South China Morning Post: It’s not just on the city’s streets where Hong Kong residents are at risk from dangerous PM2.5 particulates – three-quarters of daily personal exposure is indoors, a study by Civic Exchange and City University reveals.
Radio Television Hong Kong: Readings obtained from mobile sensors, tracking individuals while they went about their daily activities, showed their exposure was sometimes much higher than data from nearby government monitoring stations.
Hong Kong Free Press: Hongkongers are exposed to greater levels of PM2.5 pollutants than those recorded at government air quality monitoring stations, Civic Exchange says.
Radio Television Hong Kong: Data collected from dozens of volunteers who carried lunchbox-sized sensors over a six-month period differed greatly from the government’s pollution figures, researchers from Civic Exchange and City University said.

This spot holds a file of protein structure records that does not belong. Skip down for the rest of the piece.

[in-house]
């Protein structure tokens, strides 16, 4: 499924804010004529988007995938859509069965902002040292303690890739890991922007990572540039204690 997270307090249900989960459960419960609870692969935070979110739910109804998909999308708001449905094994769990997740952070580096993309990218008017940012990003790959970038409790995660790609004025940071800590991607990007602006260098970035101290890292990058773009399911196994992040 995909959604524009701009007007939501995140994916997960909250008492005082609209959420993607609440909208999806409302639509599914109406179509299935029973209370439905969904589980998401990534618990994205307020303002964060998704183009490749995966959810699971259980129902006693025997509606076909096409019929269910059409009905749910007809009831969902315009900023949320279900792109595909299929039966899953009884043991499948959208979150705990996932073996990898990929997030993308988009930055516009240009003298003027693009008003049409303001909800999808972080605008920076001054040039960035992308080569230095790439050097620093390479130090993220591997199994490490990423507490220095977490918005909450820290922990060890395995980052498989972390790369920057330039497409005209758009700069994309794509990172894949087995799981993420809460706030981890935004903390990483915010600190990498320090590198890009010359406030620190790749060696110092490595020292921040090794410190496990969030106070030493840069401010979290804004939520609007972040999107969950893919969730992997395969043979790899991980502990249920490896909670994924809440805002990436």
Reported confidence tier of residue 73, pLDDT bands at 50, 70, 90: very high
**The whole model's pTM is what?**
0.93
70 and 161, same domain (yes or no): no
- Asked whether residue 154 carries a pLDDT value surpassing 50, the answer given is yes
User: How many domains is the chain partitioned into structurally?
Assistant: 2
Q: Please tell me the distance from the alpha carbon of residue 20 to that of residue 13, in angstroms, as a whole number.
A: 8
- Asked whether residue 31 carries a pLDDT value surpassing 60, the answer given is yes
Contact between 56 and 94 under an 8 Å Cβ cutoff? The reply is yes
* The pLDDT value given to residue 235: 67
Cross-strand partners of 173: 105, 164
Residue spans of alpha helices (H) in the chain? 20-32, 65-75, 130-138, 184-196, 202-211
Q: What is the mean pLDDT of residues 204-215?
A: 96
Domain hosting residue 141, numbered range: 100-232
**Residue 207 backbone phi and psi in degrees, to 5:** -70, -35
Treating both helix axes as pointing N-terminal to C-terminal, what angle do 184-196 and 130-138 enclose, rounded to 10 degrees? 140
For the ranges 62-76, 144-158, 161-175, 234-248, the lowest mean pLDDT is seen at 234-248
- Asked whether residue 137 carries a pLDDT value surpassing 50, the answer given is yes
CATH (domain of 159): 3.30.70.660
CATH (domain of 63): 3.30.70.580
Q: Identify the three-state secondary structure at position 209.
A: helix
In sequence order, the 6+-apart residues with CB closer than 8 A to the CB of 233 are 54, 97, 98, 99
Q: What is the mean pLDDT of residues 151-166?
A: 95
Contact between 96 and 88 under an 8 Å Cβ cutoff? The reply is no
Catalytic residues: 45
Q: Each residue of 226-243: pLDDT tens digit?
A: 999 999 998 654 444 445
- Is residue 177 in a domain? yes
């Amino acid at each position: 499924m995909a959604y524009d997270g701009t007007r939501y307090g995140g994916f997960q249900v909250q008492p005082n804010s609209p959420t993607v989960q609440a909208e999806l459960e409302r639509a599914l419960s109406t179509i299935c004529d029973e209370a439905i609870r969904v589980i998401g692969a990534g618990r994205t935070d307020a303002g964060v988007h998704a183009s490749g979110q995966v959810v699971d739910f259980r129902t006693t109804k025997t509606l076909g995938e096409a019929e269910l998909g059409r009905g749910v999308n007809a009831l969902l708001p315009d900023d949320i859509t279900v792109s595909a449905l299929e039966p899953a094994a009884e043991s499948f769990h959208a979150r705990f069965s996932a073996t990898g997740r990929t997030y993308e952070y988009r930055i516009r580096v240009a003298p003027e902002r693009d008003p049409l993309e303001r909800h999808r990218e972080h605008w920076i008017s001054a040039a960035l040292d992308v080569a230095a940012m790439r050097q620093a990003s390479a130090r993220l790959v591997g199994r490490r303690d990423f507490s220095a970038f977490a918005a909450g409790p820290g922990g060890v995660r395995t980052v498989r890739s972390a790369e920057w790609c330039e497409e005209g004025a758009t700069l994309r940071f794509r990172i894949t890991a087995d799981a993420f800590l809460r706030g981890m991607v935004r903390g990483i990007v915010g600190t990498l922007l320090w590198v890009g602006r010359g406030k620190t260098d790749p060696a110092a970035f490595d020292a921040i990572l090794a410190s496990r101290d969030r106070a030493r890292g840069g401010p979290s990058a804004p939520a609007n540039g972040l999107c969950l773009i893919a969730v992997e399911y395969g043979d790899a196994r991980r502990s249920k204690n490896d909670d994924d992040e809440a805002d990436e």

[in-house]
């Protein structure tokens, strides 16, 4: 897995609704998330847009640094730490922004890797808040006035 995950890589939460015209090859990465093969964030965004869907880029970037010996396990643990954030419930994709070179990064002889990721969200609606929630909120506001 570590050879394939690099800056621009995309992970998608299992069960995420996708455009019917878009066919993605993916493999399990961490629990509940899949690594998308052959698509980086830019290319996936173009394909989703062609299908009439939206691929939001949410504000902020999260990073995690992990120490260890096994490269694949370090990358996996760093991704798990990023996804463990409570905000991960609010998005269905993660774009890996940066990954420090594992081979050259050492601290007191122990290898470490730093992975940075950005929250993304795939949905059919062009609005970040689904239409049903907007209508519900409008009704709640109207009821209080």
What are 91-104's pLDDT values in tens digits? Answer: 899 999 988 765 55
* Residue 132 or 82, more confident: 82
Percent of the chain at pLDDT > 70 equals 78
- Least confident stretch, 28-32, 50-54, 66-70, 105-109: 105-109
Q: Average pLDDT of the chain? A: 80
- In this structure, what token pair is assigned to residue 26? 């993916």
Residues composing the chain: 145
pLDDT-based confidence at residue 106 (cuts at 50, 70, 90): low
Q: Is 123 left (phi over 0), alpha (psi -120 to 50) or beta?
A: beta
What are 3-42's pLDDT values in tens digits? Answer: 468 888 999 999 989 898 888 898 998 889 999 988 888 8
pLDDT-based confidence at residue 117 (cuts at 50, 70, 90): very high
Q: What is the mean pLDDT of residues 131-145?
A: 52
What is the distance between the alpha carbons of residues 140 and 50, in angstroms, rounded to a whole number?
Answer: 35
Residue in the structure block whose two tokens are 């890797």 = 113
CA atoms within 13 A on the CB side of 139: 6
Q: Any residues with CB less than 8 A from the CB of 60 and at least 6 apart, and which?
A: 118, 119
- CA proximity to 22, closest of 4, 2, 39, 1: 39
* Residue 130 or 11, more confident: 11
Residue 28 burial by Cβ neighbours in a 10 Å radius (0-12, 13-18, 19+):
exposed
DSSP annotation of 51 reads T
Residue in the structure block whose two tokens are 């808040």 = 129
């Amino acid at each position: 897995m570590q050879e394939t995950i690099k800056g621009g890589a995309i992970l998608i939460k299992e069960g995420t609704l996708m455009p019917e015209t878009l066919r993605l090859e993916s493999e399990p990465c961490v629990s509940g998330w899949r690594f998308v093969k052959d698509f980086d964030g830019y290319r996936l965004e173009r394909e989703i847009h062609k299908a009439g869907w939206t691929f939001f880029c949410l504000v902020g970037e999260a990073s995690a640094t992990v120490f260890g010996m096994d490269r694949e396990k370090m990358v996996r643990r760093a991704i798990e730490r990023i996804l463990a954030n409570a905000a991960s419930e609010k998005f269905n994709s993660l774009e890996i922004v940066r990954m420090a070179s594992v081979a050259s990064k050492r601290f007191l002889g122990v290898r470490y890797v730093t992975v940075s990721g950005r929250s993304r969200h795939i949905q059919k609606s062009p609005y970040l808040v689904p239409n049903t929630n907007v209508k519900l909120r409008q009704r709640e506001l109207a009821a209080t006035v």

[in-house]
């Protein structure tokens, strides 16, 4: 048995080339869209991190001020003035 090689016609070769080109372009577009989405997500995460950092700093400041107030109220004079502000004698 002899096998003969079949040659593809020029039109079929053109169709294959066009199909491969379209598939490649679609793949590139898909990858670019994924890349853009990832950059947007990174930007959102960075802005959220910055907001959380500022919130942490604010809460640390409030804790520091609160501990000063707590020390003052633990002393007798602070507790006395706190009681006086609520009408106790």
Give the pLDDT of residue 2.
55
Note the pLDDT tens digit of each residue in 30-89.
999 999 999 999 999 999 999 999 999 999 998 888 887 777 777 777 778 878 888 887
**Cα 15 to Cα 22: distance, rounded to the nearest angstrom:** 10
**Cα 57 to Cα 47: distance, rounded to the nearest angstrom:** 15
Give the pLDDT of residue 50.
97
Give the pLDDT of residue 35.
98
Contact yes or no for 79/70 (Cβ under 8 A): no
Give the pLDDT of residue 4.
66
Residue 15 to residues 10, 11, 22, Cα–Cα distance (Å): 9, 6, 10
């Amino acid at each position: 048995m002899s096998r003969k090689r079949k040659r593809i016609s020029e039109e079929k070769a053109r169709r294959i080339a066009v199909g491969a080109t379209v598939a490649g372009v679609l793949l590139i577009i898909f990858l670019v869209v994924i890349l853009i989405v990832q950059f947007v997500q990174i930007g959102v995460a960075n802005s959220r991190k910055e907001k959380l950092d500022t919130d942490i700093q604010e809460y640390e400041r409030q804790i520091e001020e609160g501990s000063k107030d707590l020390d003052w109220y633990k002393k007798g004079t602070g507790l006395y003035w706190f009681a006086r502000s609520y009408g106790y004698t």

As the world marks the United Nations’ World Environment Day on 5 June, Civic Exchange expresses its concern over President Donald Trump’s withdrawal from the Paris Accord on 1 June. Civic Exchange, an independent public policy think-tank, has a particular interest in the ways that politics can affect environmental change.
Civic Exchange supports the Hong Kong Government’s proposed three-step ban on the ivory trade and increased penalties for violators.